“What do I do?” I was 3 hours from home with two kids. My cell phone barely had a charge. The skies were growing darker pre-storm. All I had were my sunglasses, which wouldn’t be helpful in a few hours. I had no way of getting the kids home or getting them food or continuing the trip. I texted Josh the situation and jumped on the bike. “Let’s ride.” I needed to think.
We did a fast loop — 5 miles — barely taking in the scenery. And then we dropped off the bikes so I could collect my messages. Josh found a discount superstore about a half hour away who could fix the glasses. It meant giving up two hours of our vacation to fix my mistake. I was so upset, I couldn’t stop crying as we gathered our things so we could head to the store.
Oh… and I forgot to pack lunch. The Wolvog can’t eat most things right now, so… we were foodless. But no worries because we’ll be back a little after 1.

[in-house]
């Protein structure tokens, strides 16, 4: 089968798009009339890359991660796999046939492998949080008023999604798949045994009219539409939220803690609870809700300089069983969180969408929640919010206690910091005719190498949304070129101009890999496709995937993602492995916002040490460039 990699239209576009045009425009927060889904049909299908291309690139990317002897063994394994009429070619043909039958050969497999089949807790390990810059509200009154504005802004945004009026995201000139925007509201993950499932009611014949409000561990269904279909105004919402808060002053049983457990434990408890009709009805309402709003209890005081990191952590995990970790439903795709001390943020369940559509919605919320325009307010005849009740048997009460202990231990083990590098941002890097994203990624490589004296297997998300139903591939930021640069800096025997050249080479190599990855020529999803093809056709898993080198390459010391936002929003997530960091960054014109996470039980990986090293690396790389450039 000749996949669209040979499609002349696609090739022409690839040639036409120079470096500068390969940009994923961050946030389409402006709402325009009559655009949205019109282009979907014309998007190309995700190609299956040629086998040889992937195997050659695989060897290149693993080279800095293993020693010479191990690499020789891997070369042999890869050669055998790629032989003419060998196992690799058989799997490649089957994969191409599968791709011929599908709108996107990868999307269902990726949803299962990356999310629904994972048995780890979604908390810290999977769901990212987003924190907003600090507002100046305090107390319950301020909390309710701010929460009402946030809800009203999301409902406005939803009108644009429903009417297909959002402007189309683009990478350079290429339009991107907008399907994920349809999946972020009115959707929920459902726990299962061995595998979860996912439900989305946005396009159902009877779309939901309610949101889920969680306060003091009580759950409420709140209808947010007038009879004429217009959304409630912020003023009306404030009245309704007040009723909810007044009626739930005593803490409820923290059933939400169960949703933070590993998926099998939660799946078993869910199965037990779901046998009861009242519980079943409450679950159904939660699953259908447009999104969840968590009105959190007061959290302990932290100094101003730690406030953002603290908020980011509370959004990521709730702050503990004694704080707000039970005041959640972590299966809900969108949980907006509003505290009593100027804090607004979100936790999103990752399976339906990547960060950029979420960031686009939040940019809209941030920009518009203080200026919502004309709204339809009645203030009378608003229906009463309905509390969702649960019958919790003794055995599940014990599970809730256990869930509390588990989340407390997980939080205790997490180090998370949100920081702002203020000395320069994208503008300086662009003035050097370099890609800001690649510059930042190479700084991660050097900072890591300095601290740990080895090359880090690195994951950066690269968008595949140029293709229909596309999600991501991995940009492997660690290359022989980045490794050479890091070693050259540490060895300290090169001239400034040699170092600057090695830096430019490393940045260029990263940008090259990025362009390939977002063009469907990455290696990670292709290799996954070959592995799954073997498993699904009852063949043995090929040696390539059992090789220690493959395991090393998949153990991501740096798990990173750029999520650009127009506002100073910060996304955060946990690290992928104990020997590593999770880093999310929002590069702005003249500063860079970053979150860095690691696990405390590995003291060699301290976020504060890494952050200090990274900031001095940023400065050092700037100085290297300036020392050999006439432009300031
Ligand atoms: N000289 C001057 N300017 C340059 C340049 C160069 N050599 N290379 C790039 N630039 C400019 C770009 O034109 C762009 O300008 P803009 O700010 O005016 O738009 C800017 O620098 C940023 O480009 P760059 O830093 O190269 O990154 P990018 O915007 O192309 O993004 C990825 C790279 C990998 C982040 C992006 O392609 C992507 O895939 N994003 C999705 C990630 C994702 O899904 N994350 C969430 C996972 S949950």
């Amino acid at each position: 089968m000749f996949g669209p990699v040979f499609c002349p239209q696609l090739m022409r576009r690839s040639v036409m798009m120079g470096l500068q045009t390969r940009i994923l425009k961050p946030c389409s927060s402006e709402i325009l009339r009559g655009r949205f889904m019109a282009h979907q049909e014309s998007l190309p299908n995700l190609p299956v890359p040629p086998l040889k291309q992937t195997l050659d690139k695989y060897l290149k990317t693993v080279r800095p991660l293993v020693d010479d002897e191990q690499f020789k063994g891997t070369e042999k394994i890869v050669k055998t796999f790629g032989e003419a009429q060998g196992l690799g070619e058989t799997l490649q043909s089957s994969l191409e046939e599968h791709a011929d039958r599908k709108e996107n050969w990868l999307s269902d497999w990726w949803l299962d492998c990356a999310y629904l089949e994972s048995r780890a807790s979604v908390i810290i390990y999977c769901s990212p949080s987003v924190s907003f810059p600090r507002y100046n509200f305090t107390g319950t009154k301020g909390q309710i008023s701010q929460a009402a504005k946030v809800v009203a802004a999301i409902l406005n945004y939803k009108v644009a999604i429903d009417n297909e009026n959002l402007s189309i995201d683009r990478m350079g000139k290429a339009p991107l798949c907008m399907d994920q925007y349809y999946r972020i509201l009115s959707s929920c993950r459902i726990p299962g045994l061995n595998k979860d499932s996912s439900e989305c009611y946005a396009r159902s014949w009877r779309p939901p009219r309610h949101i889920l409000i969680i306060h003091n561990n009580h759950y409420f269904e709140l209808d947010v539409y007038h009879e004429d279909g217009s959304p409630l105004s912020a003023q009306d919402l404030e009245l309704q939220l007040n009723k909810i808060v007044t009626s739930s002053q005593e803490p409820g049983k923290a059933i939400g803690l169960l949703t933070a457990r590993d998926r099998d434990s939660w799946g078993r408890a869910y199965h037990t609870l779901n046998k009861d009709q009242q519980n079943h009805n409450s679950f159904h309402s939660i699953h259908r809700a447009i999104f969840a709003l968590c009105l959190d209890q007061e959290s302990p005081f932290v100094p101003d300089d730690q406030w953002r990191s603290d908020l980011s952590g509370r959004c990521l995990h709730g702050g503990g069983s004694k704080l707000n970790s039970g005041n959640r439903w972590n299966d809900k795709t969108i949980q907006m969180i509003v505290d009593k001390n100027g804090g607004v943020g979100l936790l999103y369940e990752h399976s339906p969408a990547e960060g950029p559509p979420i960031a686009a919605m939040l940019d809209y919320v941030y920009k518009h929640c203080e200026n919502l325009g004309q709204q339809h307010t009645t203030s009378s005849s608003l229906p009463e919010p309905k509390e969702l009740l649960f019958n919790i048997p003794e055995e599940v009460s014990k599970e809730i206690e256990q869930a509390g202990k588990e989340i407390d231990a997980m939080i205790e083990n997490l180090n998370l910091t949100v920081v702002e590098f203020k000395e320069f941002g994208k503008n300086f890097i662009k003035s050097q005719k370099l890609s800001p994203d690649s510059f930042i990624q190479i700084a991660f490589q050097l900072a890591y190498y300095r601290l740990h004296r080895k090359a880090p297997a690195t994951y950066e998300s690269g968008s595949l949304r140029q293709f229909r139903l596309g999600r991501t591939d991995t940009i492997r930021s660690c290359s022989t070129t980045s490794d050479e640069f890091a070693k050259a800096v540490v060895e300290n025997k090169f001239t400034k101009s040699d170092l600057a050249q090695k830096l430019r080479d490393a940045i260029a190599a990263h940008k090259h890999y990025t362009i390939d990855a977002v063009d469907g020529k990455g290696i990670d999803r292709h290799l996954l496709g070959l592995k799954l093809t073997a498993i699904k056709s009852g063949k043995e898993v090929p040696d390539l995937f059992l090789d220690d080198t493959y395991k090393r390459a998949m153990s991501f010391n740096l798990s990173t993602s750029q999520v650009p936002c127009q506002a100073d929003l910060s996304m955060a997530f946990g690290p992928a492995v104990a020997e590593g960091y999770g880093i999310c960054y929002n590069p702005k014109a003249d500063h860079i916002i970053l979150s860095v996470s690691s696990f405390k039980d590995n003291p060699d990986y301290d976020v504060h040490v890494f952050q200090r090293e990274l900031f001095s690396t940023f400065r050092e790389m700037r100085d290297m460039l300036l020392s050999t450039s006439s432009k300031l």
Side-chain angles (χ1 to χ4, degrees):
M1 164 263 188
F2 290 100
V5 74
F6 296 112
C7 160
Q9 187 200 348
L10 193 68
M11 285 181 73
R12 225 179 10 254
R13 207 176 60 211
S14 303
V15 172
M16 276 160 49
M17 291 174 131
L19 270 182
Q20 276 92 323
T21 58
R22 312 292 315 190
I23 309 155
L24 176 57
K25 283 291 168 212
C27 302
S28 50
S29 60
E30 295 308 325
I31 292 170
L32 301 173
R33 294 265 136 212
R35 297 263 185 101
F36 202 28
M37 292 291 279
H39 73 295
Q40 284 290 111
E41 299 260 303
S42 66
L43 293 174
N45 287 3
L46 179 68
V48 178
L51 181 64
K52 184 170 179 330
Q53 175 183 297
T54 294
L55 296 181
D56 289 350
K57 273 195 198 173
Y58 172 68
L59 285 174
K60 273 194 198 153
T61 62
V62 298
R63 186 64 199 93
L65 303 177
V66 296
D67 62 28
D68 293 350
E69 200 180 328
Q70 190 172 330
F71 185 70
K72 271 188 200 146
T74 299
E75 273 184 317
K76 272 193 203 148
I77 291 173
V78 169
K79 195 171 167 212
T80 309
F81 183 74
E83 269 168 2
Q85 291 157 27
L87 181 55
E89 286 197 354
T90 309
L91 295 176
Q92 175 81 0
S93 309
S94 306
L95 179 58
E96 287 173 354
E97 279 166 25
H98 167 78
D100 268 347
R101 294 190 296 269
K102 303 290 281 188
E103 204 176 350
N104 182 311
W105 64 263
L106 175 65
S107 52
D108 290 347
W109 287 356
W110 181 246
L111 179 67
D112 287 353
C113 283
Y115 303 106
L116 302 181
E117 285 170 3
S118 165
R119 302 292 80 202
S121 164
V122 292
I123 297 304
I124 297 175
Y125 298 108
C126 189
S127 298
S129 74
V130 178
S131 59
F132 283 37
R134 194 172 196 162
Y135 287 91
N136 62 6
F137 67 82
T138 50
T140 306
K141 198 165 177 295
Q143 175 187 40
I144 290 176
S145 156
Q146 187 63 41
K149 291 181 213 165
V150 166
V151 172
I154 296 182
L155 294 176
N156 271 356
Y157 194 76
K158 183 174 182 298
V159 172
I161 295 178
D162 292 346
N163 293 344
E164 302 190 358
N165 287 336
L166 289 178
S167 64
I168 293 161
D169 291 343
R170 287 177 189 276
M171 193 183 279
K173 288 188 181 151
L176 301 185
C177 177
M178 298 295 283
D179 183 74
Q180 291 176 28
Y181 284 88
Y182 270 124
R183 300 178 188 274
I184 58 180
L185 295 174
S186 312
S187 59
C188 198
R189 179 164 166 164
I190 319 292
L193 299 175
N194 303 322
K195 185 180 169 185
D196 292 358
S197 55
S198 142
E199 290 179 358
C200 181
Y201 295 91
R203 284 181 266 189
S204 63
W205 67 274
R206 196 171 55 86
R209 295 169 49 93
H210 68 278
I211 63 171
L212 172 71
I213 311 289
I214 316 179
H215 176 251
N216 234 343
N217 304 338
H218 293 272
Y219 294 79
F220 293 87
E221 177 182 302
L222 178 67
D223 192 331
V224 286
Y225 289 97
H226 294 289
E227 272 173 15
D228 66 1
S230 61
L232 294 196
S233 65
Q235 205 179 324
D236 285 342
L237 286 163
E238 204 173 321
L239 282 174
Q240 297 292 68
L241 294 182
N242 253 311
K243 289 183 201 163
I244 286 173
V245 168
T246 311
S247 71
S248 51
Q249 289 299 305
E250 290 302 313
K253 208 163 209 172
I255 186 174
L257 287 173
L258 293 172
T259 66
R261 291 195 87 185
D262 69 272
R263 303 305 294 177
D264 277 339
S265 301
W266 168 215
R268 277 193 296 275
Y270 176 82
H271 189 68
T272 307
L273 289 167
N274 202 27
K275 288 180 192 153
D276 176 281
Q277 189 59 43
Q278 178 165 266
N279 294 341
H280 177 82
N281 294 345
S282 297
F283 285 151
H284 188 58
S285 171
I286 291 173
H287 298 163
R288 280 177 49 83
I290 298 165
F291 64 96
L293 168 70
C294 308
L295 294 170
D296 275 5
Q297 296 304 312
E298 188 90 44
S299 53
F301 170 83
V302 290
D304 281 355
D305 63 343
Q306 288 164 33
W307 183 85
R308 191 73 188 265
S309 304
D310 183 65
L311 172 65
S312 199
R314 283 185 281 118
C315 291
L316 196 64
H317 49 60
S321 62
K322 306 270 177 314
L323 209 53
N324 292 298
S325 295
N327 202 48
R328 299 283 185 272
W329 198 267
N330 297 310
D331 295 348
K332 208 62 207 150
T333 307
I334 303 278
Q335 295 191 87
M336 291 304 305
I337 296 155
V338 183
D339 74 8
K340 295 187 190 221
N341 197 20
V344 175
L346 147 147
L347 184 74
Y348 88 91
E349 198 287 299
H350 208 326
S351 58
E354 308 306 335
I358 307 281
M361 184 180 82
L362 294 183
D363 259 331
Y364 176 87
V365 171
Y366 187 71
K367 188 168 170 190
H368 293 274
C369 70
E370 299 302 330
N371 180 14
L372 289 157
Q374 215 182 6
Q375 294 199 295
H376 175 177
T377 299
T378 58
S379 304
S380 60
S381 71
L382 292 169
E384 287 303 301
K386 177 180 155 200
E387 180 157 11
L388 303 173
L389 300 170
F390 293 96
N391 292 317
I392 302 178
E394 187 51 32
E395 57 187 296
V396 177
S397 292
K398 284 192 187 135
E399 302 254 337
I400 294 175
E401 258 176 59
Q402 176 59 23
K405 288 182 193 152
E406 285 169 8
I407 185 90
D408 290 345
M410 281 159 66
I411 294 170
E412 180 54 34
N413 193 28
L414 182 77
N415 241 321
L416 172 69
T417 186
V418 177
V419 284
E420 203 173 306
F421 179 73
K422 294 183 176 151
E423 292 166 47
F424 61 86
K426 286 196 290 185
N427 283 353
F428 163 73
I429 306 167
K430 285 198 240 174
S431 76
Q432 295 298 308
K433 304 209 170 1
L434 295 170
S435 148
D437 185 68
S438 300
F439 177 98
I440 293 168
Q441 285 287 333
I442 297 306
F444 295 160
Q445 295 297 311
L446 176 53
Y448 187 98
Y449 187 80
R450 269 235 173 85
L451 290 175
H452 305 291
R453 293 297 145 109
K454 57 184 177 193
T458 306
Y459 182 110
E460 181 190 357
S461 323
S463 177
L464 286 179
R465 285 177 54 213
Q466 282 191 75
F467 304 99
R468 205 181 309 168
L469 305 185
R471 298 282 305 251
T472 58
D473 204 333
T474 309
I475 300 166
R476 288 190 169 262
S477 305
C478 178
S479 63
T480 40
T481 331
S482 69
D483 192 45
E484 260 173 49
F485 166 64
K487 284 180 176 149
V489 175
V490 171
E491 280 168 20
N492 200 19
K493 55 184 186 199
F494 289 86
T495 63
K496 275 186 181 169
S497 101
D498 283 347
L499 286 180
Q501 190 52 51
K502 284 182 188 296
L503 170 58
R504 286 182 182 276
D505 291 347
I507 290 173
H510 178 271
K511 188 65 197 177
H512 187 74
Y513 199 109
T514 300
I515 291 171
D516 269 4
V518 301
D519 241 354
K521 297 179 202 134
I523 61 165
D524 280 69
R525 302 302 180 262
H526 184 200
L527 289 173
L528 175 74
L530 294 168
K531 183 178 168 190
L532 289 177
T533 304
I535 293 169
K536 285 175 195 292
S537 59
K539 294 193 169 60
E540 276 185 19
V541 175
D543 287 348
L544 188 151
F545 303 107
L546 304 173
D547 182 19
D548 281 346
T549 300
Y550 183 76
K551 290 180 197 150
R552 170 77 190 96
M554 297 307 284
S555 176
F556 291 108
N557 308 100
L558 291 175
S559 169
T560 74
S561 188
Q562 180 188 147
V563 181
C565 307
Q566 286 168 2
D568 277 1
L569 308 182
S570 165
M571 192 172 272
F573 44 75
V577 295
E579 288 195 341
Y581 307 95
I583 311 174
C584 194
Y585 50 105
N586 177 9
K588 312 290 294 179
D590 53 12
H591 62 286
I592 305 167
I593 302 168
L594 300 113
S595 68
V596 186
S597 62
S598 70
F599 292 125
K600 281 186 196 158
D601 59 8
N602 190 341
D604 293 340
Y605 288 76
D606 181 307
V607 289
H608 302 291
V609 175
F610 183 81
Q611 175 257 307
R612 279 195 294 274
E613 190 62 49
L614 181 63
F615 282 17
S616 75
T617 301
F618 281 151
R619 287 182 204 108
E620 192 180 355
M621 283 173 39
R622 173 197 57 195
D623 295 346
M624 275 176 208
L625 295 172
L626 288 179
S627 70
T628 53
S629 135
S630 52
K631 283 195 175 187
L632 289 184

We get to the discount superstore and they can help us, but it will take 7 to 10 days. Did they understand that I cannot see? We were in the vision center in a discount superstore. Couldn’t we use some super glue and such to Macgyver my glasses back together? I just needed them to get me home. They refused to help me — gluing glasses is not part of the vision center. But they suggested that we head to the nearest city about another half hour away. There was a jeweler there who could solder the glasses back together, and there was also an eyeglass store that could make me a new pair.
(No offense, but wasn’t I in an eyeglass store?)
I cried some more on the way to the next town. I was terrified because we were getting closer to the point where it would be too dark outside to use my sunglasses, and there was no promise that the eyeglass store could make me a new pair of glasses instantly. And my cell phone was running out of battery. What if I was now an hour from the hotel and 2 hours from home and totally screwed?